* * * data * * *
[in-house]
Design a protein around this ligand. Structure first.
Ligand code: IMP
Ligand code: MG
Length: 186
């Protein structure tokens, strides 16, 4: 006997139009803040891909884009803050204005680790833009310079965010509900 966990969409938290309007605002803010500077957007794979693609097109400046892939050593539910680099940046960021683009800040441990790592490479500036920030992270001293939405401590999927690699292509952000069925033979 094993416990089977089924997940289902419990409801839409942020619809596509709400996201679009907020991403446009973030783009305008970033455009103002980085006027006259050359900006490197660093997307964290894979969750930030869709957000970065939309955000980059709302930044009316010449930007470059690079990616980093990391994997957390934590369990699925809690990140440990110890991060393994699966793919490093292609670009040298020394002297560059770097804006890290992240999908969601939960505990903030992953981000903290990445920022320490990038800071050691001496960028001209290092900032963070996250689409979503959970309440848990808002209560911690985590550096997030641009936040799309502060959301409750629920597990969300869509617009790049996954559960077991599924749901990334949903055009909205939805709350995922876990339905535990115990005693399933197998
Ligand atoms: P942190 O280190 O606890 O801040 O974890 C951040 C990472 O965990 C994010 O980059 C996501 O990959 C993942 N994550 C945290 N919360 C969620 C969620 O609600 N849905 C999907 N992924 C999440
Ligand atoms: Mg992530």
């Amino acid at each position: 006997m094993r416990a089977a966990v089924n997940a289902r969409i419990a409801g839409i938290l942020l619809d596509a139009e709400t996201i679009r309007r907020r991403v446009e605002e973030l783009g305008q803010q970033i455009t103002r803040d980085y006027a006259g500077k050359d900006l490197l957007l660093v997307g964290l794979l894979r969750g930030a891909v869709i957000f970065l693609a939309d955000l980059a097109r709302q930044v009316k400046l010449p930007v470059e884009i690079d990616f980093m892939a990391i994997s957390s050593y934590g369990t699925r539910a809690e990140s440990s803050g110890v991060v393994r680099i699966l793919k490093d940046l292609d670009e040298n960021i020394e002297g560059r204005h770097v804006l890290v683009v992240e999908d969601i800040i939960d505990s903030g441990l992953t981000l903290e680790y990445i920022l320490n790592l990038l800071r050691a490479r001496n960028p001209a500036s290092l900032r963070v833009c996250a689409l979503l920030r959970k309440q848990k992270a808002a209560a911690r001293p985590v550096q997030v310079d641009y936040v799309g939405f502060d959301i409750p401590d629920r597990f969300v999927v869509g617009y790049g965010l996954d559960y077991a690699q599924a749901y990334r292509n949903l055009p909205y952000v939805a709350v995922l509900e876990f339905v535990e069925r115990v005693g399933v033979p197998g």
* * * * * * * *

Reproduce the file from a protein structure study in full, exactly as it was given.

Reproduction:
[in-house]
Design a protein around this ligand. Structure first.
Ligand code: IMP
Ligand code: MG
Length: 186
């Protein structure tokens, strides 16, 4: 006997139009803040891909884009803050204005680790833009310079965010509900 966990969409938290309007605002803010500077957007794979693609097109400046892939050593539910680099940046960021683009800040441990790592490479500036920030992270001293939405401590999927690699292509952000069925033979 094993416990089977089924997940289902419990409801839409942020619809596509709400996201679009907020991403446009973030783009305008970033455009103002980085006027006259050359900006490197660093997307964290894979969750930030869709957000970065939309955000980059709302930044009316010449930007470059690079990616980093990391994997957390934590369990699925809690990140440990110890991060393994699966793919490093292609670009040298020394002297560059770097804006890290992240999908969601939960505990903030992953981000903290990445920022320490990038800071050691001496960028001209290092900032963070996250689409979503959970309440848990808002209560911690985590550096997030641009936040799309502060959301409750629920597990969300869509617009790049996954559960077991599924749901990334949903055009909205939805709350995922876990339905535990115990005693399933197998
Ligand atoms: P942190 O280190 O606890 O801040 O974890 C951040 C990472 O965990 C994010 O980059 C996501 O990959 C993942 N994550 C945290 N919360 C969620 C969620 O609600 N849905 C999907 N992924 C999440
Ligand atoms: Mg992530």
């Amino acid at each position: 006997m094993r416990a089977a966990v089924n997940a289902r969409i419990a409801g839409i938290l942020l619809d596509a139009e709400t996201i679009r309007r907020r991403v446009e605002e973030l783009g305008q803010q970033i455009t103002r803040d980085y006027a006259g500077k050359d900006l490197l957007l660093v997307g964290l794979l894979r969750g930030a891909v869709i957000f970065l693609a939309d955000l980059a097109r709302q930044v009316k400046l010449p930007v470059e884009i690079d990616f980093m892939a990391i994997s957390s050593y934590g369990t699925r539910a809690e990140s440990s803050g110890v991060v393994r680099i699966l793919k490093d940046l292609d670009e040298n960021i020394e002297g560059r204005h770097v804006l890290v683009v992240e999908d969601i800040i939960d505990s903030g441990l992953t981000l903290e680790y990445i920022l320490n790592l990038l800071r050691a490479r001496n960028p001209a500036s290092l900032r963070v833009c996250a689409l979503l920030r959970k309440q848990k992270a808002a209560a911690r001293p985590v550096q997030v310079d641009y936040v799309g939405f502060d959301i409750p401590d629920r597990f969300v999927v869509g617009y790049g965010l996954d559960y077991a690699q599924a749901y990334r292509n949903l055009p909205y952000v939805a709350v995922l509900e876990f339905v535990e069925r115990v005693g399933v033979p197998g």